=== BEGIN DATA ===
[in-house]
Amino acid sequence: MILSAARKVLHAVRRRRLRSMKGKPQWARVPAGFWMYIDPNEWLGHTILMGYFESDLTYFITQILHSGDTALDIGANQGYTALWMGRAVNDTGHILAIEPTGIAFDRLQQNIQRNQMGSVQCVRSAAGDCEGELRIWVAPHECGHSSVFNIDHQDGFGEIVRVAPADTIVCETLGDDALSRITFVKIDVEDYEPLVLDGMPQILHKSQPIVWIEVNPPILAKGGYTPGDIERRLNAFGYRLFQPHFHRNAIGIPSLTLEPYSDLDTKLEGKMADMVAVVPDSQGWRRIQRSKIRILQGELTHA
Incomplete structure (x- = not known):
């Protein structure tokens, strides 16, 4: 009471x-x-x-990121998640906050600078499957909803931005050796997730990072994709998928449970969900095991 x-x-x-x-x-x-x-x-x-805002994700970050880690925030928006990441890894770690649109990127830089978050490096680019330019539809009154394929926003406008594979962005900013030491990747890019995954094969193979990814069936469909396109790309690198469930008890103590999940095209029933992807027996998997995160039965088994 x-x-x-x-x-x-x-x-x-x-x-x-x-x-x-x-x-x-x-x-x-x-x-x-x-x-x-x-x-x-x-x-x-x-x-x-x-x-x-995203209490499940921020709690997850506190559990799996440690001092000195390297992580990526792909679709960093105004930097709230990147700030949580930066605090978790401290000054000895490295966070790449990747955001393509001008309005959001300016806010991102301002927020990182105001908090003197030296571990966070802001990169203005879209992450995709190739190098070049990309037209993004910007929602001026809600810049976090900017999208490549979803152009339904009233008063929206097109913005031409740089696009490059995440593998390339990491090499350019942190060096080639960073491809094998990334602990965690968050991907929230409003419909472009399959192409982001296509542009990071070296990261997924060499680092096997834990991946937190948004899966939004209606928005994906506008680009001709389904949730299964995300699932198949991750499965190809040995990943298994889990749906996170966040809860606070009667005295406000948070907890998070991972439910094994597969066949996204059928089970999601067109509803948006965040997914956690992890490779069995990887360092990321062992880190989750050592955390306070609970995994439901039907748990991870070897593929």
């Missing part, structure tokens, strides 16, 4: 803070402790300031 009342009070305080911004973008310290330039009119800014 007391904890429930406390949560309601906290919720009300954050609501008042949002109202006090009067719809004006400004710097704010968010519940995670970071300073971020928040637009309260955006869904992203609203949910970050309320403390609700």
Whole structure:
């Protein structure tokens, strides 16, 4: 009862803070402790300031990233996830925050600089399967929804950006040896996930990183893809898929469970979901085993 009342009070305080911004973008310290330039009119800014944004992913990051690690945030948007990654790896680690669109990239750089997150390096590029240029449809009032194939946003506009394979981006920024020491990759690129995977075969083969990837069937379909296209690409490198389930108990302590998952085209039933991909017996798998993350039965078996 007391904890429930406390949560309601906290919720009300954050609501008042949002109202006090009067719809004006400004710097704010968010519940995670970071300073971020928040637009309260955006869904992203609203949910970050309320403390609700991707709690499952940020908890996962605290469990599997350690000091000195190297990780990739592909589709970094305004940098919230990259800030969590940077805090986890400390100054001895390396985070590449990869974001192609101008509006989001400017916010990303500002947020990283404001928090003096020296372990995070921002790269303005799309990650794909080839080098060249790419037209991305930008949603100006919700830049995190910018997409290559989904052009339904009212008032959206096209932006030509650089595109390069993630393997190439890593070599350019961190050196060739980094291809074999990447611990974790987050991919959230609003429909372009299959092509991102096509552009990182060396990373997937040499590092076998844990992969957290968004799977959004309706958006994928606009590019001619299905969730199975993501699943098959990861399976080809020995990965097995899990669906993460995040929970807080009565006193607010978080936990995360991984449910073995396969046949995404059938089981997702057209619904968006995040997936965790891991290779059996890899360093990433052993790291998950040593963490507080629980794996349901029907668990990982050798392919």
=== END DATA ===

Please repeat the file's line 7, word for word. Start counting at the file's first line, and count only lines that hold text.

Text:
């Protein structure tokens, strides 16, 4: 009862803070402790300031990233996830925050600089399967929804950006040896996930990183893809898929469970979901085993 009342009070305080911004973008310290330039009119800014944004992913990051690690945030948007990654790896680690669109990239750089997150390096590029240029449809009032194939946003506009394979981006920024020491990759690129995977075969083969990837069937379909296209690409490198389930108990302590998952085209039933991909017996798998993350039965078996 007391904890429930406390949560309601906290919720009300954050609501008042949002109202006090009067719809004006400004710097704010968010519940995670970071300073971020928040637009309260955006869904992203609203949910970050309320403390609700991707709690499952940020908890996962605290469990599997350690000091000195190297990780990739592909589709970094305004940098919230990259800030969590940077805090986890400390100054001895390396985070590449990869974001192609101008509006989001400017916010990303500002947020990283404001928090003096020296372990995070921002790269303005799309990650794909080839080098060249790419037209991305930008949603100006919700830049995190910018997409290559989904052009339904009212008032959206096209932006030509650089595109390069993630393997190439890593070599350019961190050196060739980094291809074999990447611990974790987050991919959230609003429909372009299959092509991102096509552009990182060396990373997937040499590092076998844990992969957290968004799977959004309706958006994928606009590019001619299905969730199975993501699943098959990861399976080809020995990965097995899990669906993460995040929970807080009565006193607010978080936990995360991984449910073995396969046949995404059938089981997702057209619904968006995040997936965790891991290779059996890899360093990433052993790291998950040593963490507080629980794996349901029907668990990982050798392919």